Reformed University Ministries. Over the next several years, the
organization expanded and ministries were initiated on campuses
in several other states.
Today, there are Reformed University Fellowship (RUF) groups
on 37 campuses in 16 states. This fall, ministries are scheduled
to begin at the College of Charleston in Charleston, SC, East
Tennessee State University, Johnson City, Tennesse, and at the
University of Washington in Seattle. To serve international
students, Reformed University Ministries formed International
Students Christian Fellowship (ISCF) and has launched ministries
on five US campuses. Often led by missionaries who have worked
overseas, ISCF seeks to cater to the cultures represented on the
campuses it serves.
RUF is established through the joint efforts of presbyteries,
local churches, and individuals. It is a distinctive ministry in
that the focus is on expository Bible teaching led by
seminary-trained, ordained ministers. The dominant purpose is to
evangelize unbelievers and to teach believers a Christian
world-and-life view. The work of Reformed University Ministries
produces remarkable long-range results by reaching young men and
women — many of them future leaders — at an age when their
values are being formed for a lifetime.
Thanksgiving Offering: The MNA
Thanksgiving Offering serves and spiritually nourishes people of
minority cultures. Gifts benefit Urban & Mercy Ministries
with its work in developing minority leaders, a crucial need.
The fact is, whether they immigrate to America or are born here,
minorities are best led by people of their own culture. Yet,
potential leaders of these groups often lack funds for training.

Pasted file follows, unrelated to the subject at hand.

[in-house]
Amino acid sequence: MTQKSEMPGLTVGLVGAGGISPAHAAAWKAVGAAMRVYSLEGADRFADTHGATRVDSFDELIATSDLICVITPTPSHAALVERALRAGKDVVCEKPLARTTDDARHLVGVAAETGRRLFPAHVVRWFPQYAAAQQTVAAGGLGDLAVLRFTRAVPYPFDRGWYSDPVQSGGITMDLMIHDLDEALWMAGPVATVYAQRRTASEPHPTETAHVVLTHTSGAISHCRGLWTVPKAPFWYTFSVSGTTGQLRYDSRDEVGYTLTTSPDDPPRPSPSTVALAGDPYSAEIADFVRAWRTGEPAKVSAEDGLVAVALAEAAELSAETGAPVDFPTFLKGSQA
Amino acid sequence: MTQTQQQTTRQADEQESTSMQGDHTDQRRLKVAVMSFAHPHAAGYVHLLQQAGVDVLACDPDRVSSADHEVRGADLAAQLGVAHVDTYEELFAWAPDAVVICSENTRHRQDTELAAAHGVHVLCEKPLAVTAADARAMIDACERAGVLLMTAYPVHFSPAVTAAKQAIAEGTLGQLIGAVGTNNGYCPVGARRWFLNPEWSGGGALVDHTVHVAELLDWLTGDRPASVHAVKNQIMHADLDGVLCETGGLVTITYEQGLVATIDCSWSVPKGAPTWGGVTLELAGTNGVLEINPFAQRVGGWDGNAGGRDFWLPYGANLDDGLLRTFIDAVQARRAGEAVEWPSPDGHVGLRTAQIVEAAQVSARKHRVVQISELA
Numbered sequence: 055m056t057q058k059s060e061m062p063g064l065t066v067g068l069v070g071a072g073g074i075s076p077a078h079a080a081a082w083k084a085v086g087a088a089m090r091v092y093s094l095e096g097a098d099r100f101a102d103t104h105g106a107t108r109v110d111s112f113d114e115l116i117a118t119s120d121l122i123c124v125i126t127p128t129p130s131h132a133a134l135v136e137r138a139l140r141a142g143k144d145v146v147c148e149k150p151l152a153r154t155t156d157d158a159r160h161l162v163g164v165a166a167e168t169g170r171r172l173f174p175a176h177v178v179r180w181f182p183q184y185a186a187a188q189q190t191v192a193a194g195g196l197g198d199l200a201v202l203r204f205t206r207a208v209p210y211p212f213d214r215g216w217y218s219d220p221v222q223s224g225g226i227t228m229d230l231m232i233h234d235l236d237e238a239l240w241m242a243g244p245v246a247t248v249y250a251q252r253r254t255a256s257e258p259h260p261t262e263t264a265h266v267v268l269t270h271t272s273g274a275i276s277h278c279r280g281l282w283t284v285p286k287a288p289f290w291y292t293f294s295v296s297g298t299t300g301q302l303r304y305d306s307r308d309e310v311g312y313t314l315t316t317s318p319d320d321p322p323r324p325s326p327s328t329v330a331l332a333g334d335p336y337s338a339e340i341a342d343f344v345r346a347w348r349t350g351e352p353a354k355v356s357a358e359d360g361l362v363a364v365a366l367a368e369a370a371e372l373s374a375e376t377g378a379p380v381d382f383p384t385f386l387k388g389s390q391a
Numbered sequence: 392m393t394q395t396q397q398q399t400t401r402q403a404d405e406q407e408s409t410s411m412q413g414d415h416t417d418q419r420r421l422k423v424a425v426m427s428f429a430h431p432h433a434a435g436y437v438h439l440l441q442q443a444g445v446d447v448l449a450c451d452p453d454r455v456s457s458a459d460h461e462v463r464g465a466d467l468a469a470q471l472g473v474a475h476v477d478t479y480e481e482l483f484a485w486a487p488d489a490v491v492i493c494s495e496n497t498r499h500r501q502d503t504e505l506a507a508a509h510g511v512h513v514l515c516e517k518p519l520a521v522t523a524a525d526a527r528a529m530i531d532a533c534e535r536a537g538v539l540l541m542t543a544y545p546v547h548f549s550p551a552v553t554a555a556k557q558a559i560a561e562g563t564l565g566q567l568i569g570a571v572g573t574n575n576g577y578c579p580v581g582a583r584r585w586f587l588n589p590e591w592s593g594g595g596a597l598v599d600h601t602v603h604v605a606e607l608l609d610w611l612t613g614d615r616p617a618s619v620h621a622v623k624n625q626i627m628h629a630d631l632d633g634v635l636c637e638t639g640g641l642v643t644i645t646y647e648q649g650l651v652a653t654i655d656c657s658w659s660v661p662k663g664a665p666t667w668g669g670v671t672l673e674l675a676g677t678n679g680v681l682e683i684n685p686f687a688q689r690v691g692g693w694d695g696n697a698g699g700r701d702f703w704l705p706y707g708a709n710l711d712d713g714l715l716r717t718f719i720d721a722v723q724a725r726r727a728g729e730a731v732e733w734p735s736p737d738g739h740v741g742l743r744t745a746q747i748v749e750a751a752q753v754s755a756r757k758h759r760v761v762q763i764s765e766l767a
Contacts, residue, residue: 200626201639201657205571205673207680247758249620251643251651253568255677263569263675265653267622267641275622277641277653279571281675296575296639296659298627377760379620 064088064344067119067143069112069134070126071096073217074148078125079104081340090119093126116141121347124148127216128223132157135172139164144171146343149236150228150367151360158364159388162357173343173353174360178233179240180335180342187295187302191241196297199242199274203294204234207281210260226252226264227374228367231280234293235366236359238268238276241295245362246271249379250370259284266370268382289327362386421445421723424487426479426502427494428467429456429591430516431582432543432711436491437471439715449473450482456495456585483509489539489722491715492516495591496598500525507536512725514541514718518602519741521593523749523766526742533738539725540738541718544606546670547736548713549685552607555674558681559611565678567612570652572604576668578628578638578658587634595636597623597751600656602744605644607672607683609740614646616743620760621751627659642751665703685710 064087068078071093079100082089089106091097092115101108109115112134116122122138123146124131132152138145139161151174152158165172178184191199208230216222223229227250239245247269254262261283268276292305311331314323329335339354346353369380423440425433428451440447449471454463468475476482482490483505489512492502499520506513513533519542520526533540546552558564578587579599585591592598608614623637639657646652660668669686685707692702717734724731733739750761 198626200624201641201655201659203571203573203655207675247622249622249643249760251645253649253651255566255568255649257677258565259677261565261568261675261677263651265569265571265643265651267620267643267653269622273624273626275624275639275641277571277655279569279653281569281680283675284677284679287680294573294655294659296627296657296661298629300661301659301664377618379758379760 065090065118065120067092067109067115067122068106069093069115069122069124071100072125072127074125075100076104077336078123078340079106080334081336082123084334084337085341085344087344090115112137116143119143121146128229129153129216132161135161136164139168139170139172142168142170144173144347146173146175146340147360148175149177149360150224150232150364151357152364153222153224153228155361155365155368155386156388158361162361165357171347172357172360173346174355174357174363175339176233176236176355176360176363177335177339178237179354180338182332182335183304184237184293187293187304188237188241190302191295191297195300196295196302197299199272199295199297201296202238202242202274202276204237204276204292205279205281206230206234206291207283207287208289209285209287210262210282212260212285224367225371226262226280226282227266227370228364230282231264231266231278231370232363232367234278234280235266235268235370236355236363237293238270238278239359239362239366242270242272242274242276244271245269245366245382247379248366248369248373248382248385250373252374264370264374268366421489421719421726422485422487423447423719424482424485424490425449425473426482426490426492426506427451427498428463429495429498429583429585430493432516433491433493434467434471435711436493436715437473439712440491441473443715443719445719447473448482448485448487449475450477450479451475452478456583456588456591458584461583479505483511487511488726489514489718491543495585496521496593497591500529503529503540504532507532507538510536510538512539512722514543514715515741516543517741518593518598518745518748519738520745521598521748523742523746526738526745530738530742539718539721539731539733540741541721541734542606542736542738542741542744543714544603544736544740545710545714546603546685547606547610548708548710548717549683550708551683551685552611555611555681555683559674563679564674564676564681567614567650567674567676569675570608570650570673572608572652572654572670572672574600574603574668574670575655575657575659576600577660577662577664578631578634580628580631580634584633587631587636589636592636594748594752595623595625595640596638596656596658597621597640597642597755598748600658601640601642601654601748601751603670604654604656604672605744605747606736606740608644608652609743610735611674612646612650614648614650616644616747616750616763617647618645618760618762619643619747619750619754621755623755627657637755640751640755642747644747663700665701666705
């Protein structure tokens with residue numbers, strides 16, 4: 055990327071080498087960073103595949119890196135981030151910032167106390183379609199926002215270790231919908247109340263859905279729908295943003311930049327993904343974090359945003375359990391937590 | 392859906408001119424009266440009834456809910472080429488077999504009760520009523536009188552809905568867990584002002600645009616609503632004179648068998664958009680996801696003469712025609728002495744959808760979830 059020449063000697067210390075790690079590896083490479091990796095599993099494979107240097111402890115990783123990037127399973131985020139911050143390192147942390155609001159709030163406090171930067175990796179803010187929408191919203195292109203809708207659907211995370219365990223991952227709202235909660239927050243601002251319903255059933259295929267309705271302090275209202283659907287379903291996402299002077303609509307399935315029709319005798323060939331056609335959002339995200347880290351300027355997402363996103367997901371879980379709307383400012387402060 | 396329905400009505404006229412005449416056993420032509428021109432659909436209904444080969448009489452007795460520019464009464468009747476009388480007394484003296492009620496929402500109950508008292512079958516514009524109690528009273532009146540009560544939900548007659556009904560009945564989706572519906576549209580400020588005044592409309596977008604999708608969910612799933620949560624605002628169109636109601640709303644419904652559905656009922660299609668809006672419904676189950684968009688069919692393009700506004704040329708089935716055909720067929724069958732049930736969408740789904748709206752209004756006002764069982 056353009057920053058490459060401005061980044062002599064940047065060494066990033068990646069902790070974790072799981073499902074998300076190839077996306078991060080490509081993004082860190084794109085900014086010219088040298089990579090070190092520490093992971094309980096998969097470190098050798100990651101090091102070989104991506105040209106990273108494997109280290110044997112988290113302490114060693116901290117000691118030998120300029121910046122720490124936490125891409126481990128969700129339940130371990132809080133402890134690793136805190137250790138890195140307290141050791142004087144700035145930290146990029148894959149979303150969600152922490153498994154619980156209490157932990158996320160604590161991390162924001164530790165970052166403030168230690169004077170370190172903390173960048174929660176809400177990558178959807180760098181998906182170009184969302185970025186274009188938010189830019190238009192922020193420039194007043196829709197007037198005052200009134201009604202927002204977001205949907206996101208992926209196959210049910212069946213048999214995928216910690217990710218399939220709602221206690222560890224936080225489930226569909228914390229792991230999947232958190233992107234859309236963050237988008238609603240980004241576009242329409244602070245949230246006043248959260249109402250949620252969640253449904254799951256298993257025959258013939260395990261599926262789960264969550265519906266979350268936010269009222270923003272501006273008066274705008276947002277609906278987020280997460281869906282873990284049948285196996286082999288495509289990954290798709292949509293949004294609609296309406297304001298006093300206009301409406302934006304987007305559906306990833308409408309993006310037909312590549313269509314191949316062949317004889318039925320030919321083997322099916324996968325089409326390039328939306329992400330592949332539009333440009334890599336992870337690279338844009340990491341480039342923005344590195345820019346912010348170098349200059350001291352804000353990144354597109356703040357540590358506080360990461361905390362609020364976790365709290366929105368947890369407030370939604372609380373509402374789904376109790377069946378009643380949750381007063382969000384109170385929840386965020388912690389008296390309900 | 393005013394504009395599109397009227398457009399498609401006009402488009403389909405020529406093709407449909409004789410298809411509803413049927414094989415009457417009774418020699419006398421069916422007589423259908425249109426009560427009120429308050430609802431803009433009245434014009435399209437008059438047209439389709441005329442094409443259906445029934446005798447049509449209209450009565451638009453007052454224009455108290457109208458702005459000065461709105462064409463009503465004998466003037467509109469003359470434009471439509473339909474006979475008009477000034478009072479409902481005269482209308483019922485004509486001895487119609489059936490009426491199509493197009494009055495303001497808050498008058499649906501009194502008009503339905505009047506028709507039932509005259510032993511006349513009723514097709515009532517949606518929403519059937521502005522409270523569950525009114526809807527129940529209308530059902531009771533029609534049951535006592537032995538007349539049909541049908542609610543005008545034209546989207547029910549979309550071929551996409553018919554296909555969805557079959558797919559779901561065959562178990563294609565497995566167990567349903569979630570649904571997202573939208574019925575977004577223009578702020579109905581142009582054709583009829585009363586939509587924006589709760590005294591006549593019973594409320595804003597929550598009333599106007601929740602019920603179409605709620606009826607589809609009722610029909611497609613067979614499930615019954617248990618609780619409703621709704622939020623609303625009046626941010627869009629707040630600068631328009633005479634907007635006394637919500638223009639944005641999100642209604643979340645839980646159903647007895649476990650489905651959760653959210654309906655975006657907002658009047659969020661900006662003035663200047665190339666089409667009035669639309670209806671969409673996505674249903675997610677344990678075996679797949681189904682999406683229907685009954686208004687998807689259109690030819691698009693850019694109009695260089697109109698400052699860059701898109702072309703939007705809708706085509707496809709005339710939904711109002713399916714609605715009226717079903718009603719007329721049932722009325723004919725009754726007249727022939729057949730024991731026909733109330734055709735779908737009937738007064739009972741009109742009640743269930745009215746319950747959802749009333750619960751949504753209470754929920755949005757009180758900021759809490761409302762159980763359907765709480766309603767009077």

MNA Thanksgiving Offering helps support ministry internships
at New City Fellowship, Chattanooga, TN. Located near
the inner city, New City serves the poor by meeting physical
and spiritual needs.
For the sake of Christ and for North America, we must build up
minority leadership in the PCA. Your gifts to the Thanksgiving
Offering not only help develop leaders, but also influence
countless lives for years to come as these leaders start
ministries and plant churches. The bulletin insert for the 1998
Thanksgiving Offering is coming soon. Your response can help us
strengthen and expand PCA multicultural ministries.
General Assembly/Urban & Mercy Dinner: For an inspiring and
informative gathering, don't miss this dinner, Wednesday, July 1,
5:30 PM at the Regal Riverfront Hotel. A dynamic program will be
presented by leaders of New City Fellowship in St. Louis.
CCDA: The 1998 Christian Community Development Association
(CCDA) conference on urban and mercy ministries - will be held
October 28 - November 1 in St. Louis. A special gathering for PCA
people is scheduled. For details, contact MNA Coordinator of
Church Relations Fred Marsh: 404-320-3330; e-mail;
PCA chaplains are currently stationed at Ft. Bragg, NC, and
at neighboring Pope AFB. Among them are (left to
right) Lt. Col. James Griffith, Cpt. Chip Huey, Cpt. Daniel
Oh, Cpt. Robert Owen, adn Cpt. Thomas Eddy. Not
pictured is Cpt. Shannon Philio (Pope AFB). A seventh, Cp[t.
Peter Sniffin, is scheduled to report in at Ft. Bragg in
PCA Chaplain Graduates Jump School. PCA Chaplain (Cpt) Shannon
Philio made history in February as the first Air Force chaplain to
graduate from the US Army Airborne School in Fort Benning, GA -
the first to take advantage of a recent policy change that